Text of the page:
Former Jan Ullrich mentor Rudy Pevenage has confirmed meetings between the retired rider and Spanish doctor Eufemiano Fuentes, according to the German news magazine Focus. Bonn, Germany, prosecutor Fred Apostel confirmed Pevenage's statements to the magazine.
Pevenage was questioned by the German Bundeskriminalamt (federal police) last month, and Focus reported that the Belgian said that he made multiple trips with Ullrich to Fuentes in Madrid. However, he clamed that Ullrich and Fuentes only developed health and training plans, and that he was not present at their conversations. According to the report, the prosecutors do not believe these claims.
The magazine further said that prosecutors are prepared to settle their investigation of Pevenage if he pays a fine in settlement, similar to the way the case against Ullrich was settled last April. The amount that Pevenage, who claims to be nearly broke, has not been settled.
Last week Ullrich testified in Düsseldorf, Germany, in another matter, that he had no contact with Fuentes between January 1 and March 30, 2003. Focus did not say what time period of contact Pevenage's statements covered. (SW)
Unlucky Page confident he can be on the podium again
By Brecht Decaluwé and Bjorn Haake in Gavere
Jonathan Page had an unlucky day in the Superprestige 'cross in Gavere and finished in 16th place. His whole day was marked by mechanicals and crashes, which made a better result impossible, but the American is confident that better days will come again.
The misery in Gavere started in lap one which the American entered in about 12th position. But in one of the many deep-mud sections, his handlebar got turned sideward and he crashed. Others crashed on top of Page and eventually there was a bit of a traffic jam in the mud near the Gavere castle. "I wasn't bad," said Page, "but you've got to have a good start here and of course luck needs to be on your side as well."
Luck was clearly not on Page's side and things got even worse after that first lap. "I then broke my derailleur." On a gray day, Page wasn't finished with all the problems a racer can have. "I punctured as well." Despite relatively quick changes on both mechanicals, the day was over for the Planet Bike rider.
A muddy Page came to the finish almost five minutes behind the winner, but left with a promise to Cyclingnews. "I am sure someday I will be on the podium again."
Viganò's future in flux
Former Quick Step rider Davide Viganò still does not know which team he will ride for in 2009. The 24-year-old turned pro with the Belgian squad in 2005, and may either remain in Belgium on the rival Silence-Lotto team or join the Barloworld team.
According to tuttobiciweb.it, Viganò should know the answer in a few days.
McCann's plans for 2009 uncertain
By Shane Stokes
Currently lying fourth overall in the 2.1-ranked Tour of Hainan in China, a position matching his final GC placing in the Tour of Qinghai Lake earlier this year, Irish professional David McCann is still deciding his plans for 2009.
The Belfast rider has the option of staying with Giant Asia but told Cyclingnews that he would consider other offers, including those from British teams.
"I'll maybe stay in Giant since it means I can get into races with some serious climbing like Langkawi and Qinghai Lake," he stated. "That said, I have always valued a bit of variety of experience and I am certainly interested in pursuing other avenues or younger teams. I'm doing more coaching when I can fit it in and I'm enjoying showing others how to get the best out of themselves."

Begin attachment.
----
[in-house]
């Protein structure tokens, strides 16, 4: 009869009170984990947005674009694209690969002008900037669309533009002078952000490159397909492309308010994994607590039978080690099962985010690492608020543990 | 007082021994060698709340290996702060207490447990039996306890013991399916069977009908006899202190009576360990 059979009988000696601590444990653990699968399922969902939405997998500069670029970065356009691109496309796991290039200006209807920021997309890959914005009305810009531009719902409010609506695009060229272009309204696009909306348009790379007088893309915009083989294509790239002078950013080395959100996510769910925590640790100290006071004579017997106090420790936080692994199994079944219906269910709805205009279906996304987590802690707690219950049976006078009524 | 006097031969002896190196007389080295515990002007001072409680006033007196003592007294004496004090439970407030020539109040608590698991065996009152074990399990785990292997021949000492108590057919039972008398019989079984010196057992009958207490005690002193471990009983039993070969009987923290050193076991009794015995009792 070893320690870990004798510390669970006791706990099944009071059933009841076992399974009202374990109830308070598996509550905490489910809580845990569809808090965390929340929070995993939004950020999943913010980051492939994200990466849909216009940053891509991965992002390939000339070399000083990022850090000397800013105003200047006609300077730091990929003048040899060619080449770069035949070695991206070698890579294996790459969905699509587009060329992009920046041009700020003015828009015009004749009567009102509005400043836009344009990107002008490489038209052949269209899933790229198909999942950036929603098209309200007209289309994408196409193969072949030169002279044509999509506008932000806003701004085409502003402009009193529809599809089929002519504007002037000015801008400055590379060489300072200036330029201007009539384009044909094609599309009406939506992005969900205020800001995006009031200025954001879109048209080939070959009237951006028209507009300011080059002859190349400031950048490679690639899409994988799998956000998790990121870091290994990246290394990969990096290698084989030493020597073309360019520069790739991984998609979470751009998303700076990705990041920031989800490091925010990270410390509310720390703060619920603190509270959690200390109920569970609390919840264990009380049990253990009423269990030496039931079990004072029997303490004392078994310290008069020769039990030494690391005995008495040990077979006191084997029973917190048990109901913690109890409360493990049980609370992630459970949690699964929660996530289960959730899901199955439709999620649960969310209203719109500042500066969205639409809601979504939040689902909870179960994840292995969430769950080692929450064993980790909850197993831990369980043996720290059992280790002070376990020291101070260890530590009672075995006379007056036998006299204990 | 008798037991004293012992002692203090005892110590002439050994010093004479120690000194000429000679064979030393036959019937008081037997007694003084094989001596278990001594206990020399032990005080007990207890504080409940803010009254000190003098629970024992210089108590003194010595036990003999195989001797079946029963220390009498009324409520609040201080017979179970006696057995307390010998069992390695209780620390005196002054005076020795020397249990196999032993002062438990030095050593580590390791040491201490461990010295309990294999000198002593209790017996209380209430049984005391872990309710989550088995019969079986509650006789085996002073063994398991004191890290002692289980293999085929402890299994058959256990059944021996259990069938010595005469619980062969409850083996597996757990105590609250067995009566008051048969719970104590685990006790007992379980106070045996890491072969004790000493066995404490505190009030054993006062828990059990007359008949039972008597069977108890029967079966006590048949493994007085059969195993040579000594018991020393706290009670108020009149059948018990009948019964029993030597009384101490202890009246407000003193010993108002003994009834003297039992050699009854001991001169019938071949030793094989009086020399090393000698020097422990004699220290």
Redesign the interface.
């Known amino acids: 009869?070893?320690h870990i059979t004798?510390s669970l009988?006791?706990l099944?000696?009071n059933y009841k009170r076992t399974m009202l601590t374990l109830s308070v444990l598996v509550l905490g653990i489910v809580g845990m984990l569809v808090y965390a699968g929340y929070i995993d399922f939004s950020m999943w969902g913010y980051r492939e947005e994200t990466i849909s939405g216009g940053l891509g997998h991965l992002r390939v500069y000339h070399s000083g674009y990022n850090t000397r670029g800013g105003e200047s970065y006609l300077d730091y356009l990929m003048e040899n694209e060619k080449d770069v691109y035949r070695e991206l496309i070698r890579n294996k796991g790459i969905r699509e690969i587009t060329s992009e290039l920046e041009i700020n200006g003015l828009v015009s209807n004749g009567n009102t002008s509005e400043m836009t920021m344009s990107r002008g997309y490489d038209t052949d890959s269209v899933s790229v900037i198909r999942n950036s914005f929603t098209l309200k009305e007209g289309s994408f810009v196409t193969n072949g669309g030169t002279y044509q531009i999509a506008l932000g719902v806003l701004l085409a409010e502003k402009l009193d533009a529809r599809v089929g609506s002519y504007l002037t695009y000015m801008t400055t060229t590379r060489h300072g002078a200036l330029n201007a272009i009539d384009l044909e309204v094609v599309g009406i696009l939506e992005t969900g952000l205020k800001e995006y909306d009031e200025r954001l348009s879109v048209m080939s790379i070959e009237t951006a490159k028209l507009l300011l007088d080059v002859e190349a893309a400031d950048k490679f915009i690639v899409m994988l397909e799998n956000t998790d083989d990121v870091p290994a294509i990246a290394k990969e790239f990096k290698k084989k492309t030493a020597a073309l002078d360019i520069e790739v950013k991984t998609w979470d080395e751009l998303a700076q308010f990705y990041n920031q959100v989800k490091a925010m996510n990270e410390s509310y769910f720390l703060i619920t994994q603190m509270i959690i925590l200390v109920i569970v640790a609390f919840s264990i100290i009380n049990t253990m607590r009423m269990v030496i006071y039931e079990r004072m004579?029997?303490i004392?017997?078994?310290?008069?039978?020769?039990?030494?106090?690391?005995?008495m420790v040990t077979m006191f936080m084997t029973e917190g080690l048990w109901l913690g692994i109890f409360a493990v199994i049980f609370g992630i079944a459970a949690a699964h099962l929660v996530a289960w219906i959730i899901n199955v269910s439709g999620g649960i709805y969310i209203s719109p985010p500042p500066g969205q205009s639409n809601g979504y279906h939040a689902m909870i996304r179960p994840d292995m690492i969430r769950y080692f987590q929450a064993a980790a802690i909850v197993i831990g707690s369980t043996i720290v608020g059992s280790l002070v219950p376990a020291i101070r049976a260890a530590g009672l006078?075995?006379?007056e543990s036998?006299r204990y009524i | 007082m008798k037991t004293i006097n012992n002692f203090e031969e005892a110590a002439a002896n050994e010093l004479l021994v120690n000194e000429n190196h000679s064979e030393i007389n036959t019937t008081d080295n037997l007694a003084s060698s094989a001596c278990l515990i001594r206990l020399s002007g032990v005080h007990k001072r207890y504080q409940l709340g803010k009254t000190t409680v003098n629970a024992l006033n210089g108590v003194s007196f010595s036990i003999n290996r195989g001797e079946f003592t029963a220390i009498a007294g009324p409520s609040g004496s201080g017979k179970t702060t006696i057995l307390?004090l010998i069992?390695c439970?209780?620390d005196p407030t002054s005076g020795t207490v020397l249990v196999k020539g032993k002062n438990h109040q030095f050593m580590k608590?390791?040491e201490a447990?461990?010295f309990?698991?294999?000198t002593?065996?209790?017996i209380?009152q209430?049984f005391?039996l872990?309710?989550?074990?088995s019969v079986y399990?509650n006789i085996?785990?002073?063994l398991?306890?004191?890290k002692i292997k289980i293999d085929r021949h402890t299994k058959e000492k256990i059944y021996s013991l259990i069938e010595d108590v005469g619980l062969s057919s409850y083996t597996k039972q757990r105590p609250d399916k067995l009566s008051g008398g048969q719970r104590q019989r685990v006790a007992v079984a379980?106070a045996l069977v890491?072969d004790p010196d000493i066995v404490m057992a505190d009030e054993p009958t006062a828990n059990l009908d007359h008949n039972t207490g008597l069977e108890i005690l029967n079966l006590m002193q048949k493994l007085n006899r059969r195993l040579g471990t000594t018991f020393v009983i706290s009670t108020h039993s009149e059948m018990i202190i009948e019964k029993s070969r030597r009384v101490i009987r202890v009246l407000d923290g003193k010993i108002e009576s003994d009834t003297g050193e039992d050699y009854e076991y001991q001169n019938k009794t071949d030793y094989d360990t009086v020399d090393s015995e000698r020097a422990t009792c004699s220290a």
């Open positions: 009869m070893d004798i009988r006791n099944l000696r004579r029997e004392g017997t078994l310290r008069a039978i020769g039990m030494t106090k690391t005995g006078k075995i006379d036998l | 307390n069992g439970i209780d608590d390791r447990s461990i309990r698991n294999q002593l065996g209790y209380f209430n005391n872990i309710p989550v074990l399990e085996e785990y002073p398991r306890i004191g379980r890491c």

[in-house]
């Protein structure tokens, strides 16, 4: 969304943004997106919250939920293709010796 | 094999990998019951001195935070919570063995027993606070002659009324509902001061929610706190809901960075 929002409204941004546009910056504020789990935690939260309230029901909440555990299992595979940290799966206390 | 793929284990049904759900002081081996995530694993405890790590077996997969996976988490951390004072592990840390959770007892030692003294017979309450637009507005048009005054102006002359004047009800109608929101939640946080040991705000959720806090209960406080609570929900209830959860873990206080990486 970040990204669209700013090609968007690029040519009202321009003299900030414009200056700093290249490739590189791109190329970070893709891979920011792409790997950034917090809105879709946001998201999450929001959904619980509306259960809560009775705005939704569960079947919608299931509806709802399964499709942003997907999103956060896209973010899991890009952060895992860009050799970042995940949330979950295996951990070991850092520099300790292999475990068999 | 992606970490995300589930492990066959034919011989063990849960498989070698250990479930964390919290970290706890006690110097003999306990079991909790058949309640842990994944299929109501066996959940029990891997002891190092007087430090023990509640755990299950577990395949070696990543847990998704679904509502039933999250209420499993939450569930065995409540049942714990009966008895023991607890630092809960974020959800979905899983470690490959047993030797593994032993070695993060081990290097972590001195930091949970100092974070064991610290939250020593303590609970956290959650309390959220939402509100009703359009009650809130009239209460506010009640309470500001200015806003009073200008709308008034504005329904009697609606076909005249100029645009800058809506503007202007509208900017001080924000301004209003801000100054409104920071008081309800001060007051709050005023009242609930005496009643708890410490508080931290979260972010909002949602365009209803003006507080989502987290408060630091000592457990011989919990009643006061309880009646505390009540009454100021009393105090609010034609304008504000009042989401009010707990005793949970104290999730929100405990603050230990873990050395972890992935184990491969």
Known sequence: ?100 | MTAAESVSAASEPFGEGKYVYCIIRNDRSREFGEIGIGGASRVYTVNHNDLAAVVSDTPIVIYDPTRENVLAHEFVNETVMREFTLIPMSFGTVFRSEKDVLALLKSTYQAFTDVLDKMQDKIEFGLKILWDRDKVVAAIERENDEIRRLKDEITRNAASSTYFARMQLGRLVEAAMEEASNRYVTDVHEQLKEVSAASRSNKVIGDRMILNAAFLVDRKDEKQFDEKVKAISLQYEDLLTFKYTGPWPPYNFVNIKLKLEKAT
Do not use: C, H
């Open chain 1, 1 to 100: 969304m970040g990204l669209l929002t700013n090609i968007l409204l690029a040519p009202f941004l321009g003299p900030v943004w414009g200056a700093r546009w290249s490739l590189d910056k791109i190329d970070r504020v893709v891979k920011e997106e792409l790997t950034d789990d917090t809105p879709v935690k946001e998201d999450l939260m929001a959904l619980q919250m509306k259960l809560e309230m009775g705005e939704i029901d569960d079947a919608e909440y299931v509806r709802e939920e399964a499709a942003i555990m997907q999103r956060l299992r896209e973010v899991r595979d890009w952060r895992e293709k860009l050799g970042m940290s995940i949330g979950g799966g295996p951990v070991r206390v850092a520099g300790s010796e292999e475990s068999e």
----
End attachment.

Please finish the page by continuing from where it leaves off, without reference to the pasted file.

McCann considers 2008 to be one of his best seasons to date. Fourth overall, second in the prologue and two other top-ten placings in Qinghai are undoubtedly the highlights, but he has taken several other solid results as well as helping Giant Asia riders to their own victories.
His performances include second on the Genting Highlands stage and tenth overall in the 2.2-ranked Jelajah Malaysia, a stage win and second in the KOM classification in the Tour of Korea, plus a stage win, yellow jersey tenure and second on a stage in the FBD Insurance Rás.
The former Irish time trial champion was more recently sixth in the French Chrono Champenois TT, despite his tyre rubbing during the race against the clock.
The glory days of the Centenary Tour
By Gerard Knapp
Bradley McGee's recent retirement could mark the beginning of the end of an era of Australian prominence on both the road and track, notwithstanding the efforts of Cadel Evans, who is also part of that same generation of cyclists. His efforts could be a once-in-a-lifetime achievement. A recent charity ride to honour McGee brought many of this generation together – the class of the 2003 Tour de France.
The 2003 Centenary Tour de France was a milestone in professional cycling. While firmly establishing France's Grand Tour as a global sporting phenomenon, the early days of the 2003 TdF also saw the brash emergence of Australian cycling, as a band of talented and fiercely determined young riders took on the world.
It was led out by Brad McGee's stunning victory in the prologue, and continued as a pair of feisty Australian sprinters, Baden Cooke and Robbie McEwen, made the points competition an all-Australian affair. At one stage, of the four major rider classifications in the 2003 TdF, three of those leader's jerseys were worn by Australians, and two were in the same team.